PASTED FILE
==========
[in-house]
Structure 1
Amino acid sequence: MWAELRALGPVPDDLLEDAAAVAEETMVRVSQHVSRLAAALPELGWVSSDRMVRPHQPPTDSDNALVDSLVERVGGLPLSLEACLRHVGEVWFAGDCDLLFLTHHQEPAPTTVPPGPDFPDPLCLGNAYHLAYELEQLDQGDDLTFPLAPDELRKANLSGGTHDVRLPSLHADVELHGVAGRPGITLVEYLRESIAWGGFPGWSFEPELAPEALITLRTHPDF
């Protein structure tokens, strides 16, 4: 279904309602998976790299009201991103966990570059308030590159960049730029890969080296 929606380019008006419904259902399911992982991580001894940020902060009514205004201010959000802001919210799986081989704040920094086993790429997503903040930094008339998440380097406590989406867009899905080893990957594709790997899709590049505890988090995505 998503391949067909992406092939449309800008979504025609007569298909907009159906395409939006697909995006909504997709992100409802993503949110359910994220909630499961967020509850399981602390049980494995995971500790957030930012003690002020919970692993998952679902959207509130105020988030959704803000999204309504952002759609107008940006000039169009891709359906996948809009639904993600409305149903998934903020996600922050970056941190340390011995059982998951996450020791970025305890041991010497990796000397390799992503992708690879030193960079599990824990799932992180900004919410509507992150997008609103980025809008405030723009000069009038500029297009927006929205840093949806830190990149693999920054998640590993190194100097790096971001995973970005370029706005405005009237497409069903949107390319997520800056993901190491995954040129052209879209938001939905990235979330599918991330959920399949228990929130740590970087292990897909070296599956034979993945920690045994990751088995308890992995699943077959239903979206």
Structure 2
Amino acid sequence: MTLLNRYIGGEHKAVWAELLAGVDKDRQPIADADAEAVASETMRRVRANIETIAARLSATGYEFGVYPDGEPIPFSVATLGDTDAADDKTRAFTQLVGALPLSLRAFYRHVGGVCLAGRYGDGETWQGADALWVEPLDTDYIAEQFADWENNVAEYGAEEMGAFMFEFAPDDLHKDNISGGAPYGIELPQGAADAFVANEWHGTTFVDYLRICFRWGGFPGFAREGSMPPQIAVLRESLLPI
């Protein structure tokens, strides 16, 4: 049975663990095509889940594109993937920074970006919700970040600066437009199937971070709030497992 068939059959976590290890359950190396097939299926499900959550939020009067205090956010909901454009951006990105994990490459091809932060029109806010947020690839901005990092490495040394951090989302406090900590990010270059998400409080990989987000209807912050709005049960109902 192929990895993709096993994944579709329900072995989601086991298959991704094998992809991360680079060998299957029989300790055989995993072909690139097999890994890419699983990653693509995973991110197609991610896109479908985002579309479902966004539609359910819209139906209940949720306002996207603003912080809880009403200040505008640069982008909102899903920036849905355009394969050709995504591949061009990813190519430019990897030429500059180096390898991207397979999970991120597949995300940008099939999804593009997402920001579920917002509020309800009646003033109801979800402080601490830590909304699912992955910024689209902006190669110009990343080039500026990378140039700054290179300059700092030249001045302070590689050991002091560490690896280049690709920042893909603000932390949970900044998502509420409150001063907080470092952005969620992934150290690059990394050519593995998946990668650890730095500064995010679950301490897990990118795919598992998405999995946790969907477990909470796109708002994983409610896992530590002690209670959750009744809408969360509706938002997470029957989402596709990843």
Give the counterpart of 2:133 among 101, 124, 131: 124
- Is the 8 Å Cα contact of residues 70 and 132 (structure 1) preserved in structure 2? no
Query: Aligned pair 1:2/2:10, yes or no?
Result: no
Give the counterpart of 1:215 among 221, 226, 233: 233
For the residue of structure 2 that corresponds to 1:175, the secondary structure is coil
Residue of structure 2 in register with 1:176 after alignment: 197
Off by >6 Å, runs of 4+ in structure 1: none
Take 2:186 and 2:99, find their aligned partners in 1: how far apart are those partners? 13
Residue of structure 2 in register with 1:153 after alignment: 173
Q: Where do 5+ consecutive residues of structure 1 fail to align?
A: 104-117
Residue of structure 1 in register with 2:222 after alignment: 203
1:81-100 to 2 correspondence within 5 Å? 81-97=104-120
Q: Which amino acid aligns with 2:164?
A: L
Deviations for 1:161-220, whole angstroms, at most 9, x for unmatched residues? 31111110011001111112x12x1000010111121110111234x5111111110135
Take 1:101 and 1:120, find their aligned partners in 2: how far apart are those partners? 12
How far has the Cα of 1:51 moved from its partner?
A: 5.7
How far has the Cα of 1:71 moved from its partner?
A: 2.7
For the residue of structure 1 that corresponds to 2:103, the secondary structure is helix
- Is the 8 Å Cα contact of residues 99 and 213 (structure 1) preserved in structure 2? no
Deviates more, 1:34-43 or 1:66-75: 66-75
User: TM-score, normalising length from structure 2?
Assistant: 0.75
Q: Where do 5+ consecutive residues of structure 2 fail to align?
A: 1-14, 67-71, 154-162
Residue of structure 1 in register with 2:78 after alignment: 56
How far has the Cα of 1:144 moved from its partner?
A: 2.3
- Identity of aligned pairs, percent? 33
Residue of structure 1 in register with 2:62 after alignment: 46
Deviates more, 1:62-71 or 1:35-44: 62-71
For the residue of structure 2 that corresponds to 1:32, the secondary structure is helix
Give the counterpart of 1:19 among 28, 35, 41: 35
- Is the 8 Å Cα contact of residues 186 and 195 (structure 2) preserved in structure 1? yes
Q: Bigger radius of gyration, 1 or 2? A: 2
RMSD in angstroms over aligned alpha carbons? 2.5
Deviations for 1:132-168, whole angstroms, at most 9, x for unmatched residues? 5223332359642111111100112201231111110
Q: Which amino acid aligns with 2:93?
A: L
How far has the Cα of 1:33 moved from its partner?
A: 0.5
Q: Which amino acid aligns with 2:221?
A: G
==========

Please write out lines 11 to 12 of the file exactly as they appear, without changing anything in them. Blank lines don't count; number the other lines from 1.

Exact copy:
Result: no
Give the counterpart of 1:215 among 221, 226, 233: 233